Under the Dome

Feds look at stimulus grants tied to Hagan

The U.S. Department of Energy for nine months has been investigating a commercial project in Yancey County that used federal stimulus money, records obtained by The News & Observer show.

As part of that investigation, a federal agent with the Department of Energy has inquired about a project that involved relatives of former U.S. Sen. Kay Hagan in Rockingham County, according to a WRAL report.

The latter project, involving a building owned by JDC, a company owned by Hagan’s husband, Chip, and two of his brothers, was the subject of news media and regulator scrutiny and political TV ads during Hagan’s loss to Republican Thom Tillis in her re-election bid in 2014.

A company formed by Hagan’s husband and son was involved as a subcontractor installing solar panels at both projects. Questions were raised about the contracts for that work because the family had a stake in parties on both sides. The Hagans deny any impropriety.

Records The N&O previously obtained show that the federal agent, based in South Carolina, in 2015 asked Gov. Pat McCrory’s administration for copies of its files on the Mountain Heritage Expo Center project in Burnsville. The administration complied and also sent the agent extensive records about the unrelated Reidsville project, saying it was doing so because Carolina Journal, a publication of the conservative John Locke Foundation, had published in-depth stories on both projects.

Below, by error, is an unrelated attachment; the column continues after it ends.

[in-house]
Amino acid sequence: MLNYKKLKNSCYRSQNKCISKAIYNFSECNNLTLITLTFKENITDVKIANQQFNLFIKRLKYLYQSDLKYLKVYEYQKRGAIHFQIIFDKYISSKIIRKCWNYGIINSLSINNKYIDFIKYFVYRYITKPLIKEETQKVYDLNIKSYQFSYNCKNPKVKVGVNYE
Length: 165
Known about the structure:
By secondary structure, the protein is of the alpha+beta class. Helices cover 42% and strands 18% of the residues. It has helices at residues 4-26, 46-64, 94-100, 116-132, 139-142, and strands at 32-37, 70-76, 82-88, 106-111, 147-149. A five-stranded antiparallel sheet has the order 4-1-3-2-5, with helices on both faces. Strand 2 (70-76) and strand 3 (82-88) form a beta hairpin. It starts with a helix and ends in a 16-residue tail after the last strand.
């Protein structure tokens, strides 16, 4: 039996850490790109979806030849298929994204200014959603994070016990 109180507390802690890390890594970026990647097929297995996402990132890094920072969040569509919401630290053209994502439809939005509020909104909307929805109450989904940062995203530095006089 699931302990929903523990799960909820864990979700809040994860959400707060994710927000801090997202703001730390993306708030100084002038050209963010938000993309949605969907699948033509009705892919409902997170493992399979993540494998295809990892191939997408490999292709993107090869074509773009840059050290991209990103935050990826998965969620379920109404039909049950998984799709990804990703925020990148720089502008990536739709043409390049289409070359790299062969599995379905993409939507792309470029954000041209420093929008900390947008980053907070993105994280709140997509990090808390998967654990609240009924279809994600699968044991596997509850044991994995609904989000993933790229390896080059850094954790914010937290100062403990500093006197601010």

WRAL reported this week that newly obtained records show the Department of Energy agent asked the state auditor’s office in September for an opinion about whether the Reidsville project improperly used federal stimulus grant funds to pay family members as subcontractors. The auditor’s general counsel said that raised concerns, but he said he didn’t know enough about it to say for sure, WRAL reported.

The counsel also said that if state regulators knew about the family relationships then it would be difficult to hold those involved accountable for wrongdoing. The Hagans have said regulators knew about all the contracts, and that everything was done properly. A spokesman for the auditor said Thursday that the office didn’t investigate because it didn’t want to interfer with state environmental regulators’ review of the JDC contract.

“Frankly, this entire process has been baffling,” said JDC representative Bill Cary. “Since the first day this grant was awarded, JDC cooperated with the state energy office, answering every question and providing every piece of documentation ever requested. In fact, the state energy office administered this grant and approved all actions taken by JDC over the course of the project. We remain confident that JDC has acted appropriately at every turn, and are hopeful that this will be resolved in a timely manner.”

The Reidsville project, upgrading a warehouse in part with a $250,000 grant, became an issue in the final weeks of the 2014 Senate campaign and was used in TV ads against Hagan.

Records The N&O received from a public records request indicate the matter came to the attention of North Carolina regulators in October 2014, when a policy analyst for the Library of Congress requested information on the warehouse project at the request of “a congressional office.”

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